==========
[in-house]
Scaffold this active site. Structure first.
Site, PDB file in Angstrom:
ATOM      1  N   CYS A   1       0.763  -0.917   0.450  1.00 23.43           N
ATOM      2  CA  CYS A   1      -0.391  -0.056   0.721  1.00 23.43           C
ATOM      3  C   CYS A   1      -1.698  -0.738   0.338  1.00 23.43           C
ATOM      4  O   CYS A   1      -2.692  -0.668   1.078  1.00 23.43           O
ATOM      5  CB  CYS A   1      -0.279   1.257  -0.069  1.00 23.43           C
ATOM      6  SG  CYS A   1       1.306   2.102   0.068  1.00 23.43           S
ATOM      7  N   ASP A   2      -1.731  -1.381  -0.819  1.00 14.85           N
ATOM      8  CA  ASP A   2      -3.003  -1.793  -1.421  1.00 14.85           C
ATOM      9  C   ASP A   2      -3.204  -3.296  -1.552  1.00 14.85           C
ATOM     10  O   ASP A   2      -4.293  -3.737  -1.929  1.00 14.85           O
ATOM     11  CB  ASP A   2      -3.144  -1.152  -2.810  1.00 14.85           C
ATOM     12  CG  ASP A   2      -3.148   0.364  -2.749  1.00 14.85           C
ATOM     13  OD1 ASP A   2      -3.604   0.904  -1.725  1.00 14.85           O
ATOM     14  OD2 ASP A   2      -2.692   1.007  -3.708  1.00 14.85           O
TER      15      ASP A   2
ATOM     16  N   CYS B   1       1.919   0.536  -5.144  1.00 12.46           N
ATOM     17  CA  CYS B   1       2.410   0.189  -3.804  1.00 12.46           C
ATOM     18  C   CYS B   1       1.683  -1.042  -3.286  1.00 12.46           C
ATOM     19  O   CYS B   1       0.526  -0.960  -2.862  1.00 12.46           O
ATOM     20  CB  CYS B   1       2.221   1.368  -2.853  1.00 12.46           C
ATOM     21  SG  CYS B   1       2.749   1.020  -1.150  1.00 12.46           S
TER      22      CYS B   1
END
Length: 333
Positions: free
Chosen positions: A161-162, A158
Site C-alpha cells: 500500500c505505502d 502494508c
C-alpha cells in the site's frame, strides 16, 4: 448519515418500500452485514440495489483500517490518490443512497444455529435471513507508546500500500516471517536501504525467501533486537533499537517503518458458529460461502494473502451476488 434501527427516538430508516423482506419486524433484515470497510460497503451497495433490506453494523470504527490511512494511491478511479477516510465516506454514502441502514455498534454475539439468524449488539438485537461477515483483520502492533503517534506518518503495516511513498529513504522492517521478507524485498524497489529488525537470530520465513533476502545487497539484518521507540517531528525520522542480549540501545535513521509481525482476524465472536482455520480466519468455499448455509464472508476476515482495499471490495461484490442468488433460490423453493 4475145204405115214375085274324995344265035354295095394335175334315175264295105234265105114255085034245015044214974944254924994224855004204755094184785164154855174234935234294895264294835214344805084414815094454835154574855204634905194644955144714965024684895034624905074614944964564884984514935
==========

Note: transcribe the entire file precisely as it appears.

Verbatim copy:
[in-house]
Scaffold this active site. Structure first.
Site, PDB file in Angstrom:
ATOM      1  N   CYS A   1       0.763  -0.917   0.450  1.00 23.43           N
ATOM      2  CA  CYS A   1      -0.391  -0.056   0.721  1.00 23.43           C
ATOM      3  C   CYS A   1      -1.698  -0.738   0.338  1.00 23.43           C
ATOM      4  O   CYS A   1      -2.692  -0.668   1.078  1.00 23.43           O
ATOM      5  CB  CYS A   1      -0.279   1.257  -0.069  1.00 23.43           C
ATOM      6  SG  CYS A   1       1.306   2.102   0.068  1.00 23.43           S
ATOM      7  N   ASP A   2      -1.731  -1.381  -0.819  1.00 14.85           N
ATOM      8  CA  ASP A   2      -3.003  -1.793  -1.421  1.00 14.85           C
ATOM      9  C   ASP A   2      -3.204  -3.296  -1.552  1.00 14.85           C
ATOM     10  O   ASP A   2      -4.293  -3.737  -1.929  1.00 14.85           O
ATOM     11  CB  ASP A   2      -3.144  -1.152  -2.810  1.00 14.85           C
ATOM     12  CG  ASP A   2      -3.148   0.364  -2.749  1.00 14.85           C
ATOM     13  OD1 ASP A   2      -3.604   0.904  -1.725  1.00 14.85           O
ATOM     14  OD2 ASP A   2      -2.692   1.007  -3.708  1.00 14.85           O
TER      15      ASP A   2
ATOM     16  N   CYS B   1       1.919   0.536  -5.144  1.00 12.46           N
ATOM     17  CA  CYS B   1       2.410   0.189  -3.804  1.00 12.46           C
ATOM     18  C   CYS B   1       1.683  -1.042  -3.286  1.00 12.46           C
ATOM     19  O   CYS B   1       0.526  -0.960  -2.862  1.00 12.46           O
ATOM     20  CB  CYS B   1       2.221   1.368  -2.853  1.00 12.46           C
ATOM     21  SG  CYS B   1       2.749   1.020  -1.150  1.00 12.46           S
TER      22      CYS B   1
END
Length: 333
Positions: free
Chosen positions: A161-162, A158
Site C-alpha cells: 500500500c505505502d 502494508c
C-alpha cells in the site's frame, strides 16, 4: 448519515418500500452485514440495489483500517490518490443512497444455529435471513507508546500500500516471517536501504525467501533486537533499537517503518458458529460461502494473502451476488 434501527427516538430508516423482506419486524433484515470497510460497503451497495433490506453494523470504527490511512494511491478511479477516510465516506454514502441502514455498534454475539439468524449488539438485537461477515483483520502492533503517534506518518503495516511513498529513504522492517521478507524485498524497489529488525537470530520465513533476502545487497539484518521507540517531528525520522542480549540501545535513521509481525482476524465472536482455520480466519468455499448455509464472508476476515482495499471490495461484490442468488433460490423453493 4475145204405115214375085274324995344265035354295095394335175334315175264295105234265105114255085034245015044214974944254924994224855004204755094184785164154855174234935234294895264294835214344805084414815094454835154574855204634905194644955144714965024684895034624905074614944964564884984514935